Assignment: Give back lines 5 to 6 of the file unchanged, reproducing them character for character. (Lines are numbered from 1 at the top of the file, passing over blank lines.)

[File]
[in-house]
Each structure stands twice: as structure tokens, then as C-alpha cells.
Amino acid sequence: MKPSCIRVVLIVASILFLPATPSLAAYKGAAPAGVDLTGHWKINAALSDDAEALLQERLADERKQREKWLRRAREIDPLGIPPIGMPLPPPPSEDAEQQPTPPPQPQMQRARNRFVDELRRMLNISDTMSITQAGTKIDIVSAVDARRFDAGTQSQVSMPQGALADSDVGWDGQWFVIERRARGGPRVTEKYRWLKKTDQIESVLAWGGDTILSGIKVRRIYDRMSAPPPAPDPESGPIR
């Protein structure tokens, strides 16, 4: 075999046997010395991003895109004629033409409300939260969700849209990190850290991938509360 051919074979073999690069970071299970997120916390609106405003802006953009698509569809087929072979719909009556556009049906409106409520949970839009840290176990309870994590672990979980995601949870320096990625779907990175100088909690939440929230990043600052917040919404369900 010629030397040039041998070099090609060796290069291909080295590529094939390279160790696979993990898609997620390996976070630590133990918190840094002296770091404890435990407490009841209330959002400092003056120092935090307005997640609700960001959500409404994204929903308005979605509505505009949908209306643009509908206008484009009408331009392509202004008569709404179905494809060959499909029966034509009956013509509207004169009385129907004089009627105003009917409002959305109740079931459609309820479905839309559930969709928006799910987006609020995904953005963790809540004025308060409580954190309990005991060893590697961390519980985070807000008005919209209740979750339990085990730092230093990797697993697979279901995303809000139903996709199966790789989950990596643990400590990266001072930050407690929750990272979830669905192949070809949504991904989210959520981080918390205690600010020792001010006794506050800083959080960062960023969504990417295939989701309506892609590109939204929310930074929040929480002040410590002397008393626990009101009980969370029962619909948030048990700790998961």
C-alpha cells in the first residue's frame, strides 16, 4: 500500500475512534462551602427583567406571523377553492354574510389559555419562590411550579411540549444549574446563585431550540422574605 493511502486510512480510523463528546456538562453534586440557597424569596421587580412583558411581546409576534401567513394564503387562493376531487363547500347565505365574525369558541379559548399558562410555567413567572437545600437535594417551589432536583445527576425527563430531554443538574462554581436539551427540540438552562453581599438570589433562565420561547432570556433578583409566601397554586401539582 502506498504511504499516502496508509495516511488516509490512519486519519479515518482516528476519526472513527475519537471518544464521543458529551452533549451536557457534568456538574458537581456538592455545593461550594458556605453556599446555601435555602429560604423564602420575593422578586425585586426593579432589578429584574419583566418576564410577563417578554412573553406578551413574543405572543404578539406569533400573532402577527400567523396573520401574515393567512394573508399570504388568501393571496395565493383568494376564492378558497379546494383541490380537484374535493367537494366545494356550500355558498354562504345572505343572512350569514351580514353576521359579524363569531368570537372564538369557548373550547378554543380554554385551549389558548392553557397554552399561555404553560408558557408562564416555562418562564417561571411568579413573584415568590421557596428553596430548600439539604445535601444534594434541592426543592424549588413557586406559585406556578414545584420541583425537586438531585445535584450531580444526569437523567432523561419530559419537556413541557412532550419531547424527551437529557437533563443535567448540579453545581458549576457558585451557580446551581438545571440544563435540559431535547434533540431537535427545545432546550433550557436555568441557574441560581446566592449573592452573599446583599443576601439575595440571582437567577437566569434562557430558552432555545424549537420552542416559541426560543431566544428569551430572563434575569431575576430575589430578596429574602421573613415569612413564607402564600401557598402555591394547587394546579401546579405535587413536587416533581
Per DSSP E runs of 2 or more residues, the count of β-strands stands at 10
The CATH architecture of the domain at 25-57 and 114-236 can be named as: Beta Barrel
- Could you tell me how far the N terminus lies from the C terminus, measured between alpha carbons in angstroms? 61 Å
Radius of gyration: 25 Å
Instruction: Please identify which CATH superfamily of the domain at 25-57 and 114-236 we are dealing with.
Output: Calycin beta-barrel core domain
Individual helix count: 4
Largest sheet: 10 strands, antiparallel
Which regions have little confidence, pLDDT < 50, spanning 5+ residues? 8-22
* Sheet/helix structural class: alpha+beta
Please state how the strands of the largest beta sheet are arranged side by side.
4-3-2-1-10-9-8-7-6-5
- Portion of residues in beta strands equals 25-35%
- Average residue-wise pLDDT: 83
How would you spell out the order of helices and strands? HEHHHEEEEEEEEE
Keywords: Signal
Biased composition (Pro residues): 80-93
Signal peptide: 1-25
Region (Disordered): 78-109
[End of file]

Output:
C-alpha cells in the first residue's frame, strides 16, 4: 500500500475512534462551602427583567406571523377553492354574510389559555419562590411550579411540549444549574446563585431550540422574605 493511502486510512480510523463528546456538562453534586440557597424569596421587580412583558411581546409576534401567513394564503387562493376531487363547500347565505365574525369558541379559548399558562410555567413567572437545600437535594417551589432536583445527576425527563430531554443538574462554581436539551427540540438552562453581599438570589433562565420561547432570556433578583409566601397554586401539582 502506498504511504499516502496508509495516511488516509490512519486519519479515518482516528476519526472513527475519537471518544464521543458529551452533549451536557457534568456538574458537581456538592455545593461550594458556605453556599446555601435555602429560604423564602420575593422578586425585586426593579432589578429584574419583566418576564410577563417578554412573553406578551413574543405572543404578539406569533400573532402577527400567523396573520401574515393567512394573508399570504388568501393571496395565493383568494376564492378558497379546494383541490380537484374535493367537494366545494356550500355558498354562504345572505343572512350569514351580514353576521359579524363569531368570537372564538369557548373550547378554543380554554385551549389558548392553557397554552399561555404553560408558557408562564416555562418562564417561571411568579413573584415568590421557596428553596430548600439539604445535601444534594434541592426543592424549588413557586406559585406556578414545584420541583425537586438531585445535584450531580444526569437523567432523561419530559419537556413541557412532550419531547424527551437529557437533563443535567448540579453545581458549576457558585451557580446551581438545571440544563435540559431535547434533540431537535427545545432546550433550557436555568441557574441560581446566592449573592452573599446583599443576601439575595440571582437567577437566569434562557430558552432555545424549537420552542416559541426560543431566544428569551430572563434575569431575576430575589430578596429574602421573613415569612413564607402564600401557598402555591394547587394546579401546579405535587413536587416533581
Per DSSP E runs of 2 or more residues, the count of β-strands stands at 10